“One kid says, ‘What? You’re outside all the time? When it’s raining, you don’t have to work, right?’”
That was a question posed to Raggl on Thursday as he and several other members of Grand Haven’s VFW Post 2326 visited Peach Plains Elementary School.
“I tried to explain to them, but they don’t know what war is,” said Raggl, the post commander. “I told them in Vietnam it rained for four months straight, and we never quit.”
Raggl said he and other veterans visit schools in an attempt to let today’s youth realize that the nation they live in was shaped by veterans — many of whom gave their lives to ensure the freedom we enjoy today.
“On Veterans Day, we like to go to a school, welcome them to school, do the Pledge of Allegiance, and then talk to them about our experiences,” Raggl said. “Our goal is to let the kids know what veterans did for our country. We want them to know that freedom wasn’t free. If you want freedom, you have to fight for it.”
Raggl said he doubts most people living in the United States today realize how good they have it. He recalls an uncle who was also in Vietnam, who married a Vietnamese woman. When she arrived in the United States following the war, she was shocked.
“She thought everything we told her about the U.S. was bologna,” Raggl said. “She got here and she couldn’t believe it — we really do have big houses and cars everywhere. We take that for granted.”
Raggl said some of the Peach Plains students asked excellent questions during his visit.
“One asked what we thought about the football guys taking a knee,” he said. “Our response is, I’m not in that position where I feel I have to protest to get my rights taken care of. But in my opinion, I understand they want to be heard, but I don’t think that’s the place for it.”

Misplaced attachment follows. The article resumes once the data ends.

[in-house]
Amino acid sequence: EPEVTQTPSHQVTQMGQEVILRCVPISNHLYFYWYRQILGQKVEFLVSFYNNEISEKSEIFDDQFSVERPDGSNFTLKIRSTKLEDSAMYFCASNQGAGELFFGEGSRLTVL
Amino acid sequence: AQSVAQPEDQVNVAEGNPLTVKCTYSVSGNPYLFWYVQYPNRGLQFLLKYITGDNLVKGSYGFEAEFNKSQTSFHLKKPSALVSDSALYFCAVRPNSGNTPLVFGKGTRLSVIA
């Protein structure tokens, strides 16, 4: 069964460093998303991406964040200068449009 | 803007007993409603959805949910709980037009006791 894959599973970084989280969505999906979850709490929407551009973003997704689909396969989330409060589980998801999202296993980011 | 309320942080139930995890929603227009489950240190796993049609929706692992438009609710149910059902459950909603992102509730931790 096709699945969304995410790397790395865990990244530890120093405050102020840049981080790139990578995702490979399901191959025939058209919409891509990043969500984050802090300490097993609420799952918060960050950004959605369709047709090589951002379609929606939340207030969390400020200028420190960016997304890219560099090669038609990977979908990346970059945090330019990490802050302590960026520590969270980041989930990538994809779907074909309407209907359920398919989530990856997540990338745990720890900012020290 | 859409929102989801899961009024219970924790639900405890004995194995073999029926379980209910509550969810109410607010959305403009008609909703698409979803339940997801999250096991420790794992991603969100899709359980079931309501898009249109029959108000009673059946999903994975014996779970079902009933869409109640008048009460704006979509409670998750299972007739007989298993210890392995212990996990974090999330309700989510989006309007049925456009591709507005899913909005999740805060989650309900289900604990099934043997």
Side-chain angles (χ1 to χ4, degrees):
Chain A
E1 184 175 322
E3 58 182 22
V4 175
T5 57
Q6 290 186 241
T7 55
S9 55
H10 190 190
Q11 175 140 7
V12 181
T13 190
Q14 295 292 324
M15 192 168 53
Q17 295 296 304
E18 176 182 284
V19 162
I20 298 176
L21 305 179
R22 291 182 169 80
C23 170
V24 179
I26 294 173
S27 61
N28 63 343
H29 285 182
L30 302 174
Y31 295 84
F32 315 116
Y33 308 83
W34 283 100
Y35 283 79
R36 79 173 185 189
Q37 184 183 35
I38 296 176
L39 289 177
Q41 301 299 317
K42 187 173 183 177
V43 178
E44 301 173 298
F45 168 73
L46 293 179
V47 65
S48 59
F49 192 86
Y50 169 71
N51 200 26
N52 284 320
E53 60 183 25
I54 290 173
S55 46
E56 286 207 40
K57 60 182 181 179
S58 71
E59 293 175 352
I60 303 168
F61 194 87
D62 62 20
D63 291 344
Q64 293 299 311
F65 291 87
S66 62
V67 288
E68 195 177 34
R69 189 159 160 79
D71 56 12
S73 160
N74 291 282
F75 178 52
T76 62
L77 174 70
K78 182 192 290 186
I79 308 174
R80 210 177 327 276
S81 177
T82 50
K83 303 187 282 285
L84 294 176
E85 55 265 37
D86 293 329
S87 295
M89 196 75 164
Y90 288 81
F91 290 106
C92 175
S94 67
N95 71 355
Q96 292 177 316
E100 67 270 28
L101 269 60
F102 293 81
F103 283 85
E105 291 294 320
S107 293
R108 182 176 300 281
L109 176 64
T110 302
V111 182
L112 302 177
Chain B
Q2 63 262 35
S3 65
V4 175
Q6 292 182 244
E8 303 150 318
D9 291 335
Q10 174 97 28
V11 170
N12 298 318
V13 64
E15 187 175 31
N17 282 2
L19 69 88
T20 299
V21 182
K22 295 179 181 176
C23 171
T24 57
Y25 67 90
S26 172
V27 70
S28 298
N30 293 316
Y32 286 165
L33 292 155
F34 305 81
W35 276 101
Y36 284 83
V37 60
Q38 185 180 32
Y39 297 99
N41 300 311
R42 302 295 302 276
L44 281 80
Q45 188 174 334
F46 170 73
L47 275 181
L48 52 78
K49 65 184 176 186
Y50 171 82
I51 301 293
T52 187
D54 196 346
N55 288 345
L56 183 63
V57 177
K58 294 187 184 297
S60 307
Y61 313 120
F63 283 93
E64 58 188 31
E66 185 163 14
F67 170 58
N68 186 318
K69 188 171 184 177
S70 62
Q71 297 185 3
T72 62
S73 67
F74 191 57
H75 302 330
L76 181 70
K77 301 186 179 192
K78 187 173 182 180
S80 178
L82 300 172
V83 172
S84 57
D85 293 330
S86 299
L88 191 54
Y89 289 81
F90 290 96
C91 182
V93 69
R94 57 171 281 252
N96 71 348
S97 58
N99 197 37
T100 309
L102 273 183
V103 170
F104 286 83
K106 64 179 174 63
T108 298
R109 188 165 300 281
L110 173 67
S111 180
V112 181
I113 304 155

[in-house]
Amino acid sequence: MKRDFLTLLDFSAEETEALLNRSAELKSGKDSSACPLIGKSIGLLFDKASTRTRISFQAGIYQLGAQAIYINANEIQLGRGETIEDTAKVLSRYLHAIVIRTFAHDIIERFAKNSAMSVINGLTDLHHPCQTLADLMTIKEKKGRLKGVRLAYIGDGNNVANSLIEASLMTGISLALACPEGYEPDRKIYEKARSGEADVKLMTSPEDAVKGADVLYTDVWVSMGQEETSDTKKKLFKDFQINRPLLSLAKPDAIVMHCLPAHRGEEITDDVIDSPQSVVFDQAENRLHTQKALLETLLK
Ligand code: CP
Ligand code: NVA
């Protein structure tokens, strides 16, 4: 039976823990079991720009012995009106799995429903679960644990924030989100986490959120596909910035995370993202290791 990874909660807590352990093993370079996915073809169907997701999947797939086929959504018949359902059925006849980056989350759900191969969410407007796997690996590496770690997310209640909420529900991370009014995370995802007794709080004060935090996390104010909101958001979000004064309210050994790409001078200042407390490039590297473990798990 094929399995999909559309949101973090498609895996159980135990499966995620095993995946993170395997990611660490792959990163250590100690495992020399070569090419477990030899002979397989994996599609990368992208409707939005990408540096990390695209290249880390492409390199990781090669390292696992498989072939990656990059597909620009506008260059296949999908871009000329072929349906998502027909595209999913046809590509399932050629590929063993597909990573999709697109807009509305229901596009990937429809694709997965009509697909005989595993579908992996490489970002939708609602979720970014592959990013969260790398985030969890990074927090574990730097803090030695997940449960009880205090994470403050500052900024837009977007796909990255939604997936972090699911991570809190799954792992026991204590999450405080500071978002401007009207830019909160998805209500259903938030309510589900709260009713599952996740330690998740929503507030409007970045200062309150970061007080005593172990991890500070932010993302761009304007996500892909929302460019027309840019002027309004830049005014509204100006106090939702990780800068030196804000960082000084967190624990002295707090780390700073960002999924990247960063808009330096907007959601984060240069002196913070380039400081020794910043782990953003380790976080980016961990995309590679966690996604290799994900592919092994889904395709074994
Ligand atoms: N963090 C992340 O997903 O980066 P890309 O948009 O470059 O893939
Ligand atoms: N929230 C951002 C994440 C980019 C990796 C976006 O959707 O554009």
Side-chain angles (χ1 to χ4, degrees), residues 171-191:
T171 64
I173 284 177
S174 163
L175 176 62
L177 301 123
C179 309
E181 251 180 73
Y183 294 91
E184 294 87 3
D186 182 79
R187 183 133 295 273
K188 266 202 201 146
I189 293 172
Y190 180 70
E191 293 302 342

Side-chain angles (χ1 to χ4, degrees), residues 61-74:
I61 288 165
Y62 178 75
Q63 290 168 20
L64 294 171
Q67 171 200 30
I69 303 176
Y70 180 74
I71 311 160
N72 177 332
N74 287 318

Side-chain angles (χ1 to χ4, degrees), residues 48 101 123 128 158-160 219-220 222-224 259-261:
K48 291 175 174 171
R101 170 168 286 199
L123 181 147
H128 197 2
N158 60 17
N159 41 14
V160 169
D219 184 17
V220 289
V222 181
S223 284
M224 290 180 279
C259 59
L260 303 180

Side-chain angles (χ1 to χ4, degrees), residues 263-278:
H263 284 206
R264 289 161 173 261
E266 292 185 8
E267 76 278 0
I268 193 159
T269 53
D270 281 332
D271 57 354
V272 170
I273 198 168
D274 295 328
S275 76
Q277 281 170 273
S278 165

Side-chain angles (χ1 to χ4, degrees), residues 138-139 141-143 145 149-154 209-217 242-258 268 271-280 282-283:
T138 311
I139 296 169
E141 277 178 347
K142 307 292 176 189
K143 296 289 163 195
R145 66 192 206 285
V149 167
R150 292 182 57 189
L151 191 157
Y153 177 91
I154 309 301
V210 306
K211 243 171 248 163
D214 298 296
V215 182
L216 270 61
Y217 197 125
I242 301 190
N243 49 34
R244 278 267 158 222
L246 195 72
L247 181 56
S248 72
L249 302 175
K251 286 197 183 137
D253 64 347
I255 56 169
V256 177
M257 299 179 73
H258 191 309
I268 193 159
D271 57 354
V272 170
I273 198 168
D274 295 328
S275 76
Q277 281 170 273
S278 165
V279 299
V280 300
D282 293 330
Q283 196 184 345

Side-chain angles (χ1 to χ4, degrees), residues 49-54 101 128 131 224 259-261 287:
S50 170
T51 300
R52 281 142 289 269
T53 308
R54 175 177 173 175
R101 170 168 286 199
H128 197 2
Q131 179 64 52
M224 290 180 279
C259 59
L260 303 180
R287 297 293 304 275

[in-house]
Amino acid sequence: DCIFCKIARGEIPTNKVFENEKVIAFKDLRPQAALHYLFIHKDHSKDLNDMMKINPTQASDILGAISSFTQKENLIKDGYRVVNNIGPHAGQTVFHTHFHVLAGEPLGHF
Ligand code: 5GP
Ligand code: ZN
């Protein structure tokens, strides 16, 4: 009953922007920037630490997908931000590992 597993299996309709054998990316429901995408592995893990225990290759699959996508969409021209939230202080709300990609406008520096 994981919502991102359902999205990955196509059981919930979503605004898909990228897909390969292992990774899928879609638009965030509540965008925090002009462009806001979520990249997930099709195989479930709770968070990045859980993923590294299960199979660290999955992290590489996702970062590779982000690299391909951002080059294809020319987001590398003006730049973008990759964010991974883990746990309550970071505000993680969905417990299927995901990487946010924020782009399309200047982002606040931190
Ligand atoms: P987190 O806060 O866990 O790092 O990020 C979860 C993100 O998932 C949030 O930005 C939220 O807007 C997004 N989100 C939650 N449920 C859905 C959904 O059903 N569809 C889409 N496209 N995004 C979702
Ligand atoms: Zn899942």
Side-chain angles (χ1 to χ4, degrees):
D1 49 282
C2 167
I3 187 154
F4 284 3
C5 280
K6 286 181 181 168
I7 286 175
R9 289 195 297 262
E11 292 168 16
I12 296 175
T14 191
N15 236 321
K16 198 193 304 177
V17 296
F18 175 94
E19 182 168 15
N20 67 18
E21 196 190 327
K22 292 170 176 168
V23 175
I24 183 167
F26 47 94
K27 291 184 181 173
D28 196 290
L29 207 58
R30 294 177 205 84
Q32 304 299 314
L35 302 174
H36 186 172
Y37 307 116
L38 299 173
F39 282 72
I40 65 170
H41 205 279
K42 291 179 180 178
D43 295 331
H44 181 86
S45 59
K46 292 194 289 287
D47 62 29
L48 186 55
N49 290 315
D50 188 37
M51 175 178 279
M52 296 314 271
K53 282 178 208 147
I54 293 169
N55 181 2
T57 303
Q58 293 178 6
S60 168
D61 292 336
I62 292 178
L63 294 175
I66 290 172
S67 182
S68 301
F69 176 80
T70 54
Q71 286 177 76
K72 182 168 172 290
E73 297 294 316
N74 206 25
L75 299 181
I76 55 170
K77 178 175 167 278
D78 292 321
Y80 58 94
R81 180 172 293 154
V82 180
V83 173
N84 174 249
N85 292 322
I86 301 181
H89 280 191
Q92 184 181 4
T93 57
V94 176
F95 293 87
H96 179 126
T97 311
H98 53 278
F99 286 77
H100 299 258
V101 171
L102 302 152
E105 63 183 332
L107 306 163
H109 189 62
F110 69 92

Thursday’s visit came at a time when the local Veterans of Foreign Wars post is facing a membership crisis. When Raggl first joined the VFW nearly 50 years ago, the Grand Haven post boasted close to 1,500 members. Today, that number has dipped to less than 200.
That’s a problem that VFW branches across the nation are faced with.
“The World War II guys are almost gone and the Korean (War) guys are next,” Raggl said. “Now we’re getting down to Vietnam, and I’m almost 70.”
Raggl said part of the issue is the divide between the World War II and the Vietnam War veterans.
“We were never accepted by the World War II guys,” he said. “They didn’t want us there. ... The way the Vietnam guys were treated, a lot of them won’t come. We feel really lucky our post is open. Because of our location, we can have 3-4 decent parties a year and that keeps us open. That, and we have some very generous people in Grand Haven who support us.”